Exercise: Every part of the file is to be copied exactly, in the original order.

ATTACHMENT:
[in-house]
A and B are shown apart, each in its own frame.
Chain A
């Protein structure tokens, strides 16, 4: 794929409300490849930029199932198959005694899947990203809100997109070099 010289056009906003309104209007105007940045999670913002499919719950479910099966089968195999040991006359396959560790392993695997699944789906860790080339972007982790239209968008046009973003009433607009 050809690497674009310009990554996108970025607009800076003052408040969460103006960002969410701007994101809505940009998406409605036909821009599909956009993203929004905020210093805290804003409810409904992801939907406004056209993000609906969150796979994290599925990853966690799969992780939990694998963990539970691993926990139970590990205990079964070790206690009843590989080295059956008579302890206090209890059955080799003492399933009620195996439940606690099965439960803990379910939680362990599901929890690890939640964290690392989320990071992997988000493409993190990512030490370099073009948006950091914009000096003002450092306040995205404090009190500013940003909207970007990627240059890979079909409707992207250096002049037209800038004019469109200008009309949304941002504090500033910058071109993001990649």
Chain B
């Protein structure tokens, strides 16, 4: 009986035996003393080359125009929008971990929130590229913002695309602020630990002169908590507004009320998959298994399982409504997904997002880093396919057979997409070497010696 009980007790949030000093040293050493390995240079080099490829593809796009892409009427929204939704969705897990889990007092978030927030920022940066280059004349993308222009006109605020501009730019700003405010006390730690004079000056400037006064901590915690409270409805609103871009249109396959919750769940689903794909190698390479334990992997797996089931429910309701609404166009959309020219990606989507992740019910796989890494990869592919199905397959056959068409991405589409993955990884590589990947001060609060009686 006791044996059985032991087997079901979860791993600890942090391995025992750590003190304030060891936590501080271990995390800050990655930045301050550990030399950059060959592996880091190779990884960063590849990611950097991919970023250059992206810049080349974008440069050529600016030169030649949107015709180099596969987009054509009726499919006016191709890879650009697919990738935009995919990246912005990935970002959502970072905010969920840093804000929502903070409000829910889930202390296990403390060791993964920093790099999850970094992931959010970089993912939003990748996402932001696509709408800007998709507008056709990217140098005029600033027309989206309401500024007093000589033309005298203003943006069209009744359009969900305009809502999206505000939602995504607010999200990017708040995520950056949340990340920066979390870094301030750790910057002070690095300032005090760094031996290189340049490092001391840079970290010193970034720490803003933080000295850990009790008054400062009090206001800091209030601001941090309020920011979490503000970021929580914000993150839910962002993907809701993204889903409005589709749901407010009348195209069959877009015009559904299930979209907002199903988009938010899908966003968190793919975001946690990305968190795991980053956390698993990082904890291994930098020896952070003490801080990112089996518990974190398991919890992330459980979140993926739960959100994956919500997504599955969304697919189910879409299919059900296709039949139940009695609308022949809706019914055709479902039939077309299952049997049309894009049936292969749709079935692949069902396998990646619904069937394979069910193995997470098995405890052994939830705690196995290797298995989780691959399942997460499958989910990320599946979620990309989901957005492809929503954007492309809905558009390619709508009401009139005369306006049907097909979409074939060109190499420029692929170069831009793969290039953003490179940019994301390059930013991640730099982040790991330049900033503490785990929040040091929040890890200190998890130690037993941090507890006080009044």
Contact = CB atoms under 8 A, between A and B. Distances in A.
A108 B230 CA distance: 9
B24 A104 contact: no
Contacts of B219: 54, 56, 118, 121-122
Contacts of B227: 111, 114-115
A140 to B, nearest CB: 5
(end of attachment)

[in-house]
A and B are shown apart, each in its own frame.
Chain A
């Protein structure tokens, strides 16, 4: 794929409300490849930029199932198959005694899947990203809100997109070099 010289056009906003309104209007105007940045999670913002499919719950479910099966089968195999040991006359396959560790392993695997699944789906860790080339972007982790239209968008046009973003009433607009 050809690497674009310009990554996108970025607009800076003052408040969460103006960002969410701007994101809505940009998406409605036909821009599909956009993203929004905020210093805290804003409810409904992801939907406004056209993000609906969150796979994290599925990853966690799969992780939990694998963990539970691993926990139970590990205990079964070790206690009843590989080295059956008579302890206090209890059955080799003492399933009620195996439940606690099965439960803990379910939680362990599901929890690890939640964290690392989320990071992997988000493409993190990512030490370099073009948006950091914009000096003002450092306040995205404090009190500013940003909207970007990627240059890979079909409707992207250096002049037209800038004019469109200008009309949304941002504090500033910058071109993001990649």
Chain B
């Protein structure tokens, strides 16, 4: 009986035996003393080359125009929008971990929130590229913002695309602020630990002169908590507004009320998959298994399982409504997904997002880093396919057979997409070497010696 009980007790949030000093040293050493390995240079080099490829593809796009892409009427929204939704969705897990889990007092978030927030920022940066280059004349993308222009006109605020501009730019700003405010006390730690004079000056400037006064901590915690409270409805609103871009249109396959919750769940689903794909190698390479334990992997797996089931429910309701609404166009959309020219990606989507992740019910796989890494990869592919199905397959056959068409991405589409993955990884590589990947001060609060009686 006791044996059985032991087997079901979860791993600890942090391995025992750590003190304030060891936590501080271990995390800050990655930045301050550990030399950059060959592996880091190779990884960063590849990611950097991919970023250059992206810049080349974008440069050529600016030169030649949107015709180099596969987009054509009726499919006016191709890879650009697919990738935009995919990246912005990935970002959502970072905010969920840093804000929502903070409000829910889930202390296990403390060791993964920093790099999850970094992931959010970089993912939003990748996402932001696509709408800007998709507008056709990217140098005029600033027309989206309401500024007093000589033309005298203003943006069209009744359009969900305009809502999206505000939602995504607010999200990017708040995520950056949340990340920066979390870094301030750790910057002070690095300032005090760094031996290189340049490092001391840079970290010193970034720490803003933080000295850990009790008054400062009090206001800091209030601001941090309020920011979490503000970021929580914000993150839910962002993907809701993204889903409005589709749901407010009348195209069959877009015009559904299930979209907002199903988009938010899908966003968190793919975001946690990305968190795991980053956390698993990082904890291994930098020896952070003490801080990112089996518990974190398991919890992330459980979140993926739960959100994956919500997504599955969304697919189910879409299919059900296709039949139940009695609308022949809706019914055709479902039939077309299952049997049309894009049936292969749709079935692949069902396998990646619904069937394979069910193995997470098995405890052994939830705690196995290797298995989780691959399942997460499958989910990320599946979620990309989901957005492809929503954007492309809905558009390619709508009401009139005369306006049907097909979409074939060109190499420029692929170069831009793969290039953003490179940019994301390059930013991640730099982040790991330049900033503490785990929040040091929040890890200190998890130690037993941090507890006080009044």
Contact = CB atoms under 8 A, between A and B. Distances in A.
A108 B230 CA distance: 9
B24 A104 contact: no
Contacts of B219: 54, 56, 118, 121-122
Contacts of B227: 111, 114-115
A140 to B, nearest CB: 5